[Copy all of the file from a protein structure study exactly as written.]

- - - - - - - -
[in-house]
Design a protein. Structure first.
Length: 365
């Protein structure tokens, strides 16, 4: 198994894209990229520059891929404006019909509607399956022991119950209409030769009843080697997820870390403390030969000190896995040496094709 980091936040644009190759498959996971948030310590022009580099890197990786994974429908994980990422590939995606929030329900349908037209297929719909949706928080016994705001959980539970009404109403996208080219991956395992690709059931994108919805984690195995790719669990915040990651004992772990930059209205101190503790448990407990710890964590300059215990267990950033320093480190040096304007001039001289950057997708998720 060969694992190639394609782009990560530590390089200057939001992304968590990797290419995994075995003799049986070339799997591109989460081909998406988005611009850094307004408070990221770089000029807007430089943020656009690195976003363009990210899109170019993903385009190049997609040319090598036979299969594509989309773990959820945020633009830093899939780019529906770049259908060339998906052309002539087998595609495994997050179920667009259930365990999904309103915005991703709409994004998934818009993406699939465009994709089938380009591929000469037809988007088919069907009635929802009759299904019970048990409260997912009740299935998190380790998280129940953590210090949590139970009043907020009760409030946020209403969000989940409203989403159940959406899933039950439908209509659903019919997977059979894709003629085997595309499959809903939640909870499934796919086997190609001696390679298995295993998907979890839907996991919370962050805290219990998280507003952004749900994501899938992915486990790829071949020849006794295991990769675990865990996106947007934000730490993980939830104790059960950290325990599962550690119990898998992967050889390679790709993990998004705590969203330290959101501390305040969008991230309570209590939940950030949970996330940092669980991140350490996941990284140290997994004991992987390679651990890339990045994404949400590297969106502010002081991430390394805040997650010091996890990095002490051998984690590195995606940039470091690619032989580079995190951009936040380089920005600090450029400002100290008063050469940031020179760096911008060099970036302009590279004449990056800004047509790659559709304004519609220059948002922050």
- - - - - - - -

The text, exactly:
[in-house]
Design a protein. Structure first.
Length: 365
């Protein structure tokens, strides 16, 4: 198994894209990229520059891929404006019909509607399956022991119950209409030769009843080697997820870390403390030969000190896995040496094709 980091936040644009190759498959996971948030310590022009580099890197990786994974429908994980990422590939995606929030329900349908037209297929719909949706928080016994705001959980539970009404109403996208080219991956395992690709059931994108919805984690195995790719669990915040990651004992772990930059209205101190503790448990407990710890964590300059215990267990950033320093480190040096304007001039001289950057997708998720 060969694992190639394609782009990560530590390089200057939001992304968590990797290419995994075995003799049986070339799997591109989460081909998406988005611009850094307004408070990221770089000029807007430089943020656009690195976003363009990210899109170019993903385009190049997609040319090598036979299969594509989309773990959820945020633009830093899939780019529906770049259908060339998906052309002539087998595609495994997050179920667009259930365990999904309103915005991703709409994004998934818009993406699939465009994709089938380009591929000469037809988007088919069907009635929802009759299904019970048990409260997912009740299935998190380790998280129940953590210090949590139970009043907020009760409030946020209403969000989940409203989403159940959406899933039950439908209509659903019919997977059979894709003629085997595309499959809903939640909870499934796919086997190609001696390679298995295993998907979890839907996991919370962050805290219990998280507003952004749900994501899938992915486990790829071949020849006794295991990769675990865990996106947007934000730490993980939830104790059960950290325990599962550690119990898998992967050889390679790709993990998004705590969203330290959101501390305040969008991230309570209590939940950030949970996330940092669980991140350490996941990284140290997994004991992987390679651990890339990045994404949400590297969106502010002081991430390394805040997650010091996890990095002490051998984690590195995606940039470091690619032989580079995190951009936040380089920005600090450029400002100290008063050469940031020179760096911008060099970036302009590279004449990056800004047509790659559709304004519609220059948002922050």